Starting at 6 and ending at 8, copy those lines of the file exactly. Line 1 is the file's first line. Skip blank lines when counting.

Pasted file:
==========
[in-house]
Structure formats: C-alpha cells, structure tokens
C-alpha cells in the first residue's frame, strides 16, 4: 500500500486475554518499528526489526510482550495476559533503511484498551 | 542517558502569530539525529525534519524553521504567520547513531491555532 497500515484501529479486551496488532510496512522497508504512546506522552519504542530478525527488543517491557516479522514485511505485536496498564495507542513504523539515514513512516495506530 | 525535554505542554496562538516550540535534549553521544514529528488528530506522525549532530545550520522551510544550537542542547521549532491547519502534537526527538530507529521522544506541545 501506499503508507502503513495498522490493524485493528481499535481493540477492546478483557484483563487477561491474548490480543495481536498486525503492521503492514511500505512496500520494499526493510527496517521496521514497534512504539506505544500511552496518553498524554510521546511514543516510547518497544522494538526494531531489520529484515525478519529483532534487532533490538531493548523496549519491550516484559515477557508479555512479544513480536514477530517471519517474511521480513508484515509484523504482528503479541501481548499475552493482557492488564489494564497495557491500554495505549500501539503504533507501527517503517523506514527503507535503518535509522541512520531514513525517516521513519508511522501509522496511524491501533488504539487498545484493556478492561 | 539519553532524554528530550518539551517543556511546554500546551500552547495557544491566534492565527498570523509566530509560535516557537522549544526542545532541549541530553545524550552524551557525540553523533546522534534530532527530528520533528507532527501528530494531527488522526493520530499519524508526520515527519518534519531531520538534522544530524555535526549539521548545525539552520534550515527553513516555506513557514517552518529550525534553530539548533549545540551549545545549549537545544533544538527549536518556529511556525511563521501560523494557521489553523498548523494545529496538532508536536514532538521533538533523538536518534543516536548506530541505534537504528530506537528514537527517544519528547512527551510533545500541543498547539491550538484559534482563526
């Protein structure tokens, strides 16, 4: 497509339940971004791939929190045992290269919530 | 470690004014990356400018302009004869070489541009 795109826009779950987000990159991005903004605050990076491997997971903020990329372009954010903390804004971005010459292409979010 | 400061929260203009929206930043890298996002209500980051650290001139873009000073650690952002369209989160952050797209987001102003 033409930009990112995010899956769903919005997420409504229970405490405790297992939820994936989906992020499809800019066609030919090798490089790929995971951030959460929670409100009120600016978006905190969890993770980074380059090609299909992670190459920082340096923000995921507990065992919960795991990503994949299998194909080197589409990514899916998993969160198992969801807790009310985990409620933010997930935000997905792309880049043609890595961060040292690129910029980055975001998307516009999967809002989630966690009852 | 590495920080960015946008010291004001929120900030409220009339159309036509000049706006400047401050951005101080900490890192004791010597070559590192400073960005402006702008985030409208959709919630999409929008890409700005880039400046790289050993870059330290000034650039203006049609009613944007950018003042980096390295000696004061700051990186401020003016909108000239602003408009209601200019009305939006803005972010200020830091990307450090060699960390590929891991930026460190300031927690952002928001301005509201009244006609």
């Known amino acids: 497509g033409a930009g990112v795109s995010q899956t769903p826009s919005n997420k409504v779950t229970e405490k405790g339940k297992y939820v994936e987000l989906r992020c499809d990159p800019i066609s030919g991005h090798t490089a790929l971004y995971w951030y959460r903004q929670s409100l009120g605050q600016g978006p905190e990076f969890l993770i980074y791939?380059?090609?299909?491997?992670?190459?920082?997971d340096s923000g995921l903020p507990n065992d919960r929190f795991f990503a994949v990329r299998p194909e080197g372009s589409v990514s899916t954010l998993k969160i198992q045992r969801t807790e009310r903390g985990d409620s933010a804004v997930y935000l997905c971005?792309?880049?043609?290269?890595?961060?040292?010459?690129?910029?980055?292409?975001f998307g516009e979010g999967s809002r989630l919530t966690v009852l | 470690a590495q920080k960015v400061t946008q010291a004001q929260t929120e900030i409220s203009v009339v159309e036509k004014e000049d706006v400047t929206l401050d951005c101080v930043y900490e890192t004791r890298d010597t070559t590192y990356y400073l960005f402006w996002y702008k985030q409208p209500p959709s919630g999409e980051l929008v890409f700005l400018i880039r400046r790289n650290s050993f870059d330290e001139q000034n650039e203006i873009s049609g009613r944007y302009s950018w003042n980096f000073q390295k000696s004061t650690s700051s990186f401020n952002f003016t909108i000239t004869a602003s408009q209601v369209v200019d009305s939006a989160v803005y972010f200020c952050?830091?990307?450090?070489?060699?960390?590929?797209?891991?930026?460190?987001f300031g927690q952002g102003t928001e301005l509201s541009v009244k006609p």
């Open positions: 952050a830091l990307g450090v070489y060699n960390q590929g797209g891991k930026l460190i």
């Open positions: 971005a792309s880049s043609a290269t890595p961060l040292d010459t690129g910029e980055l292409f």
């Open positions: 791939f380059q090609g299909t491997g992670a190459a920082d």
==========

């Open positions: 952050a830091l990307g450090v070489y060699n960390q590929g797209g891991k930026l460190i």
């Open positions: 971005a792309s880049s043609a290269t890595p961060l040292d010459t690129g910029e980055l292409f």
């Open positions: 791939f380059q090609g299909t491997g992670a190459a920082d």